Drought's impact becomes clearer

by Ron Sterk
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Nearby corn and soybean prices tumbled 17% from drought-induced record highs set during the summer and then posted partial recoveries as crop sizes became better known in September and October. The price action illustrated markets that “work” with high prices appearing to ration demand as supply scenarios have been honed.

“Prices over the past two months for corn and the past month for soybeans appear to be in the classic ‘short crop, long tail’ pattern where prices peak early in the year off sharply lower production and then decline in the post-harvest period as the smaller supplies get rationed and production rebounds the following year,” said Darrel Good, a University of Illinois agricultural economist, in his Oct. 8 Weekly Outlook. “A change in the trend of lower prices will require an additional supply shock or evidence that supplies have not been sufficiently rationed.”

The worst drought since the 1950s across most of America’s primary corn and soybean growing region significantly sliced corn production from early lofty forecasts and trimmed soybean output as well, although later-planted soybeans have fared a bit better than early-planted corn.

As the devastation of the drought became better known, the U.S. Department of Agriculture cut its 2012 U.S. corn production forecast in July by 12% to 12,970 million bus from its initial trend-line projection of 14,790 million bus in May and June. The crop was trimmed further to 10,779 million bus in August, then to 10,727 million bus in September and finally to 10,706 million bus in October. The crop went from potentially the largest ever by 13% over the 2009 record of 13,092 million bus to 18% below the 2009 record, 28% below the initial forecast and the smallest since 2006.

Prices responded accordingly. Corn futures set all-time highs several times over with the nearby contract finally topping out at $8.49 a bu on Aug. 10, the day of the first U.S.D.A. survey-based crop estimate. Prices tumbled 17% to a low of $7.05 a bu on Sept. 28, the day of the U.S.D.A.’s key quarterly Grain Stocks report, recovered to $7.76 a bu on Oct. 11 and then slipped back to trade on either side of $7.50 a bu most of last week, about 12% below the summer high.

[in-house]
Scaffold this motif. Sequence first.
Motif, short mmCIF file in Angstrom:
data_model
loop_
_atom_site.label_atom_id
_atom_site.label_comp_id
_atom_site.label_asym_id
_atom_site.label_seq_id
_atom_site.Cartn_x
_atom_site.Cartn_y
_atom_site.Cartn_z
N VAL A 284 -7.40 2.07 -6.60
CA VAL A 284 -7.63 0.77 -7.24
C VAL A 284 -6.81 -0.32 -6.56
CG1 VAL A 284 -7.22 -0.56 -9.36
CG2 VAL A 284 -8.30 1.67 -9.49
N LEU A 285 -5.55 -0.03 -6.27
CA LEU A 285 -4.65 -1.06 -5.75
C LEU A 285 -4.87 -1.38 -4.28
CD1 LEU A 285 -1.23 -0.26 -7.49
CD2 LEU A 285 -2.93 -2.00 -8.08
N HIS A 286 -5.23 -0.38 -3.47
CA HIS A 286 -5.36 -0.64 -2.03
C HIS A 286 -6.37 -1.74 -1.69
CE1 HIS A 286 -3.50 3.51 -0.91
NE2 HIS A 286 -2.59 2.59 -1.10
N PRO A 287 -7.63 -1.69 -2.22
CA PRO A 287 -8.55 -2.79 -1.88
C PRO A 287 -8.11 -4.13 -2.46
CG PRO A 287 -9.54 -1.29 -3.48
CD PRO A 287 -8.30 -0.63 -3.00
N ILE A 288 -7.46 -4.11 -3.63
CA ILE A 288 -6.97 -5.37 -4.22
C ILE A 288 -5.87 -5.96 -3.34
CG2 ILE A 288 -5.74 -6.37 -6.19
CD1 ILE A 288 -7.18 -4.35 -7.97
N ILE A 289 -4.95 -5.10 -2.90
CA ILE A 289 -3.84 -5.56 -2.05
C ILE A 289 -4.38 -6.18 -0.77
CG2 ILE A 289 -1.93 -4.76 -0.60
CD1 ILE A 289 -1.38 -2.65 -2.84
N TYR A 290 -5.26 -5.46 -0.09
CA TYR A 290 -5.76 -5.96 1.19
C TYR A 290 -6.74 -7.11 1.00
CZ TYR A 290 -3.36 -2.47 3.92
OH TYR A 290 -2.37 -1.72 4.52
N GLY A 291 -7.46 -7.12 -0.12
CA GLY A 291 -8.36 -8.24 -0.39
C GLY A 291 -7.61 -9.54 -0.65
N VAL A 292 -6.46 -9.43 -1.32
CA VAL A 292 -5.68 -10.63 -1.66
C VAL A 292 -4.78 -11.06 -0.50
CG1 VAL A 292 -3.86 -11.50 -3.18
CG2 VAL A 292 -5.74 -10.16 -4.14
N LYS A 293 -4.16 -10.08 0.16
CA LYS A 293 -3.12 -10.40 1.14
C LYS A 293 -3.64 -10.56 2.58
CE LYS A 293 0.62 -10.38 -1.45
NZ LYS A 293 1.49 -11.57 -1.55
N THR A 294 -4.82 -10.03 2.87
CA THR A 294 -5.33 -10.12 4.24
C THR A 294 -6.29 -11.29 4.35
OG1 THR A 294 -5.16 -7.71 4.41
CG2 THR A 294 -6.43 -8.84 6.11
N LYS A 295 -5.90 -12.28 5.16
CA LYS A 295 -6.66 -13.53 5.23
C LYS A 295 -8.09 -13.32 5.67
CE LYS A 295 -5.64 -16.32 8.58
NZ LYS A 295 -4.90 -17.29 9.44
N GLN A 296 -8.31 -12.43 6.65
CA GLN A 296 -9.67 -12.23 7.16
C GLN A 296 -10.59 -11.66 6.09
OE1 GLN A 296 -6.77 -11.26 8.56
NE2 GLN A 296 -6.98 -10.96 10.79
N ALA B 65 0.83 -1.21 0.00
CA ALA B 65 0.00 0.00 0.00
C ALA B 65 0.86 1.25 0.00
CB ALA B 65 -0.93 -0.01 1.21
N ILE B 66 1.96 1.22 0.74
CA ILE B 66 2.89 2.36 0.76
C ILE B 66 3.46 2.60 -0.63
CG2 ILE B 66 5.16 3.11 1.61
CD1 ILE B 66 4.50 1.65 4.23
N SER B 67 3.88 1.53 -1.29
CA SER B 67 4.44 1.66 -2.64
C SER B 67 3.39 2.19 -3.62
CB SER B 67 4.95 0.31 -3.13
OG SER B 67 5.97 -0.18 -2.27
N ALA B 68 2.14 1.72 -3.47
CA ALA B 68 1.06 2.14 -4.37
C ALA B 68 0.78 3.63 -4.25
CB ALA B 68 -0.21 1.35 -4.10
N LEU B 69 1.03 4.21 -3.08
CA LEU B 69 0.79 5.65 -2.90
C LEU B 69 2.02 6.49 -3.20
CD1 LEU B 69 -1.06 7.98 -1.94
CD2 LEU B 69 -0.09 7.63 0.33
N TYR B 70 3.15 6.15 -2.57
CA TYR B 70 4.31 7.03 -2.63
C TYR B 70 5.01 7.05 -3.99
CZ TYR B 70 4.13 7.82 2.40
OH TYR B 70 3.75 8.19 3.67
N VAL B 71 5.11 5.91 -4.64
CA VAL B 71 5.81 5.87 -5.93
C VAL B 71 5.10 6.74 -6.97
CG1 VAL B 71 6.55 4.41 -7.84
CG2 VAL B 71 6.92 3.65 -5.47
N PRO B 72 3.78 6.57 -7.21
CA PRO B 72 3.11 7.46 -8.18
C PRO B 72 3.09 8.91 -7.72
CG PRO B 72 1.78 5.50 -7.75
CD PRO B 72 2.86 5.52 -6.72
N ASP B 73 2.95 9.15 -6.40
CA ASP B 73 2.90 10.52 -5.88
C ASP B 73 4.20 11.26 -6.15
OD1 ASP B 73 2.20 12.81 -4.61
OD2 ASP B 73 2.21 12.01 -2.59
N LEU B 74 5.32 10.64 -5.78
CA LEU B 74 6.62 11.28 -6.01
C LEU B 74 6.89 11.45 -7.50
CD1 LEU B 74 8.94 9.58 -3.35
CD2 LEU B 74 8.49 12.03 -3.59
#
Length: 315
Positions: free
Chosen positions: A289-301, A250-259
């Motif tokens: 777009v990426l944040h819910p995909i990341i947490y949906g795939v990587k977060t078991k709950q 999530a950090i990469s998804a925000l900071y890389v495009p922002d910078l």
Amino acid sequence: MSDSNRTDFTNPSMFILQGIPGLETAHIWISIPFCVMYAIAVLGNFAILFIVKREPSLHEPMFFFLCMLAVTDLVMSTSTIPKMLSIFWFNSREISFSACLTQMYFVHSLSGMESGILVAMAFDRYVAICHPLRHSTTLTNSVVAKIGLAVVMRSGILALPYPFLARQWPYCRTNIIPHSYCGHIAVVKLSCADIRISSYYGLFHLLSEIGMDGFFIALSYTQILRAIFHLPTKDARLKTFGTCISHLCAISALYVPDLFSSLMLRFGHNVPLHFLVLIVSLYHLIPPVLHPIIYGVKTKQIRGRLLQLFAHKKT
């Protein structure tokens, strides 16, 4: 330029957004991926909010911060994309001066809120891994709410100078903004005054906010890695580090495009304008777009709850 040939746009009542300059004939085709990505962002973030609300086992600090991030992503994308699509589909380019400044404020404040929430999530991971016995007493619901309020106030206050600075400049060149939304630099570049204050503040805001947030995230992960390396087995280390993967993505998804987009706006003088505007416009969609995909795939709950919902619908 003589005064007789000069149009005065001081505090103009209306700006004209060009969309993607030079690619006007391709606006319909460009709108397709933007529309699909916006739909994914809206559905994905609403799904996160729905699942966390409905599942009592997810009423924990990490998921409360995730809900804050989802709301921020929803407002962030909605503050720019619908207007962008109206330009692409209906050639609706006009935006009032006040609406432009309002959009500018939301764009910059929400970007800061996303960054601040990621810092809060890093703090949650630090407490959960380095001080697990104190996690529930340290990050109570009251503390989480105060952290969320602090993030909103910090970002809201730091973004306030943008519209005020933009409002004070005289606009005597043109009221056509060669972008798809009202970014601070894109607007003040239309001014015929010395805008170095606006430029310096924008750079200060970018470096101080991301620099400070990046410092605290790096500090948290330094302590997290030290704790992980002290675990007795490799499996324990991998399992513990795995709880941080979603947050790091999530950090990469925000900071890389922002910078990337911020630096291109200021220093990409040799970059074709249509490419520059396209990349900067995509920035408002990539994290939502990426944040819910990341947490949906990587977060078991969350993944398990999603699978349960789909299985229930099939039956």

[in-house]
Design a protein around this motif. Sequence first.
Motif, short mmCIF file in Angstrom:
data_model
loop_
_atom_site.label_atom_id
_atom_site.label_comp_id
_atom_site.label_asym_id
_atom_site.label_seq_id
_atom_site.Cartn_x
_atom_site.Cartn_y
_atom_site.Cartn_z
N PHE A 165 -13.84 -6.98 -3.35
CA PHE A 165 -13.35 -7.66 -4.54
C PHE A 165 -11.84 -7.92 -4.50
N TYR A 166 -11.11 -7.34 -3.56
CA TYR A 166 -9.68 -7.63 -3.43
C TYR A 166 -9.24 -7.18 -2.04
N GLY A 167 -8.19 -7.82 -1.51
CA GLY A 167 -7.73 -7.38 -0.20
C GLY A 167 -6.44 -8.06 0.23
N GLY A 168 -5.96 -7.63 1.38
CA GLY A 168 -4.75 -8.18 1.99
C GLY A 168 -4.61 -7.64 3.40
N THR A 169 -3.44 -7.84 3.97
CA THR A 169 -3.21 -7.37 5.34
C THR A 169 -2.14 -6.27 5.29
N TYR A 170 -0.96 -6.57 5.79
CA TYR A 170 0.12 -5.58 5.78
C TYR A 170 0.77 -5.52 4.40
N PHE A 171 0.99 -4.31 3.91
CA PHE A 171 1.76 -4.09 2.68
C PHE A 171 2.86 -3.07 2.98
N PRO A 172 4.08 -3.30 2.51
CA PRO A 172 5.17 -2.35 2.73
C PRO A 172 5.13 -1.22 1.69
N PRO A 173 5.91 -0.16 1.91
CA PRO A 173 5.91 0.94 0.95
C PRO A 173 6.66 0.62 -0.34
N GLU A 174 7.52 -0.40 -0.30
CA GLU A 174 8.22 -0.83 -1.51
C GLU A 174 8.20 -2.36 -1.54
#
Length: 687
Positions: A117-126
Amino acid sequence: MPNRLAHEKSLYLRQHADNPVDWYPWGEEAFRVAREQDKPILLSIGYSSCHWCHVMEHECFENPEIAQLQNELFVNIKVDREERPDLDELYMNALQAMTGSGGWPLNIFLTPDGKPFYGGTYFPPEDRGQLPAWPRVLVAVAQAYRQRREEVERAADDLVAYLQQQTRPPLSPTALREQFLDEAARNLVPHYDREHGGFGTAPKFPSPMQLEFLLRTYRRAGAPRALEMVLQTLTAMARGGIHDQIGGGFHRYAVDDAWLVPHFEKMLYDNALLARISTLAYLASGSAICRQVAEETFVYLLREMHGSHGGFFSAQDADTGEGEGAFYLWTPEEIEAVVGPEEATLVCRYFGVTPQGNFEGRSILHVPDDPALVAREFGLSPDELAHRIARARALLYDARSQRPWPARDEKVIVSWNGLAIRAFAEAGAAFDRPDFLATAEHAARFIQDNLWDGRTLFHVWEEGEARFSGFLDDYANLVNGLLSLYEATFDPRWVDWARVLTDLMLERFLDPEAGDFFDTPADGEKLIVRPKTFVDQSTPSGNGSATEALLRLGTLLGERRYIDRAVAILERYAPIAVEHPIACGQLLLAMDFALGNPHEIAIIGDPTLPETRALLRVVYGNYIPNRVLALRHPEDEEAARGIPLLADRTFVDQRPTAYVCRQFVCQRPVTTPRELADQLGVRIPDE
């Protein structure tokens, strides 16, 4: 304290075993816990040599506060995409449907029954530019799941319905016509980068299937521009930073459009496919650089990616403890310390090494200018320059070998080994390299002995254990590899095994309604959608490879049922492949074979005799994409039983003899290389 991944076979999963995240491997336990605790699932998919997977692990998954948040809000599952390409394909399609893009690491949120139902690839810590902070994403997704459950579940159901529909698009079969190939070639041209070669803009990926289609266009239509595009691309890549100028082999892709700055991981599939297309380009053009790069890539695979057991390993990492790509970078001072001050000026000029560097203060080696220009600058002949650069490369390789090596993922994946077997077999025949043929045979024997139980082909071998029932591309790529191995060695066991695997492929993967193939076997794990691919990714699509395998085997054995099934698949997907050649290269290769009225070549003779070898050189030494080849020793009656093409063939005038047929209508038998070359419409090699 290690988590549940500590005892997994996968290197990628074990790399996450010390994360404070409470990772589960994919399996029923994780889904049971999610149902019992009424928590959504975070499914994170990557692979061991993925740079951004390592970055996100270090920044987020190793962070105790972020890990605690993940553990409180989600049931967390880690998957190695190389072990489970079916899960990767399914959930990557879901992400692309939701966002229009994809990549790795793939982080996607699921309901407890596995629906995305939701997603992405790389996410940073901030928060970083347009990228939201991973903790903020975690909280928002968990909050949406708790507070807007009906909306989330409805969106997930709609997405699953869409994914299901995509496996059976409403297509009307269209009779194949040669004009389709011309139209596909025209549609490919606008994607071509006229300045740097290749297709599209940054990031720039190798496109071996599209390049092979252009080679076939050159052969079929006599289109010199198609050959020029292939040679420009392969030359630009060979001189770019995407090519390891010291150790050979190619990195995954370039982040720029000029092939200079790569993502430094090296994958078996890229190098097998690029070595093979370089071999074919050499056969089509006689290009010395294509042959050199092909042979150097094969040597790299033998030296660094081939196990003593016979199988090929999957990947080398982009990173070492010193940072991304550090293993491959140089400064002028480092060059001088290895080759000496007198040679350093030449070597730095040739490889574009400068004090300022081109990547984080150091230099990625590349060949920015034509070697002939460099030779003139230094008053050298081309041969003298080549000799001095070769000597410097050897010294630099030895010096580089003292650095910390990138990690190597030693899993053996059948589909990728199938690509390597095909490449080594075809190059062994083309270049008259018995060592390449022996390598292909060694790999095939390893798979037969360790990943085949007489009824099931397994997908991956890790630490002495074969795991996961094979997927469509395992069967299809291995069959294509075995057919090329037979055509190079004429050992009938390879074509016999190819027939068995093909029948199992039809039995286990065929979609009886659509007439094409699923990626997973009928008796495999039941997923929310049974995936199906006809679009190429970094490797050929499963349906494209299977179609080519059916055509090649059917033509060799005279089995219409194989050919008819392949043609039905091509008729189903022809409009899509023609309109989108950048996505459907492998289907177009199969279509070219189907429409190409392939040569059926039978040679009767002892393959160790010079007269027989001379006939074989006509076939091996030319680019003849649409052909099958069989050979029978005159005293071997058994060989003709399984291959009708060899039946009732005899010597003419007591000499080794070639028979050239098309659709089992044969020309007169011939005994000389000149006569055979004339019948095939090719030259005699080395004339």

Corn futures prices were fairly flat through July 2013, reflecting the smaller 2012 crop and tight supply situation, then dropped sharply beginning with the September 2013 contract on ideas the 2013 crop will rebound as there won’t be two consecutive years of drought and as farmers respond to high prices.

Comparisons to 2008, the most recent year of record-high corn prices that were wiped out this year, were common as prices were rising. But other than record high prices in both 2008 and 2012, there are few other similarities to suggest prices may react in a similar way the rest of the year, including domestic stocks and use forecasts.

The record high in 2008 was $8.21½ a bu set in late June (ironically due in part to excess rainfall and flooding). By mid-October 2008, nearby corn futures prices had tumbled 50% to around $4 a bu and saw only slight gains by the end of the year. The staggering price decline came that year even as U.S. corn production estimates dropped 2% from the initial August forecast to November, finally ending the year at 12,092 million bus, down 7% from then record production a year earlier. In contrast, the 2012 crop in October was estimated only down 0.7% from the initial August forecast.

But corn stocks and demand were vastly different in 2008 and 2012, which will tend to support higher prices for a longer period this year. Sept. 1, 2008, corn stocks reported by the U.S.D.A. were 1,624 million bus, 64% larger than the 988 million bu on Sept. 1, 2012. Total corn supply for 2008-09 was projected in October 2008 at 13,673 million bus compared with 11,769 million bus projected on Oct. 11, 2012, for 2012-13. Total use in 2008-09 was projected at 12,585 million bus, down 0.5% from a year earlier, and carryover on Sept. 1, 2009, at 1,088 million bus, was up 7%. Total use for 2012-13 was projected at 11,150 million bus, down 11% from last year, with carryover on Sept. 1, 2013, at 619 million bus, down 37% from 2012. The average price paid to farmers was projected at $4.25@5.25 a bu for 2008-09, compared with $7.10@8.50 a bu for 2012-13.

For 2012-13, every demand category has been reduced from 2011-12, with projected food use of corn down 5%, feed and residual down 9%, ethanol down 10% and exports down 25%.

“The projection of corn consumption was reduced by 100 million bus (from the September projection), acknowledging that total consumption will be limited by the smaller crop and smaller-than-expected stocks of old crop corn,” Mr. Good said in his Oct. 15 Weekly Outlook. “While the November production forecasts will provide a clearer picture of the availability of corn and soybeans, prices will now take direction primarily from the ongoing rate of consumption.”
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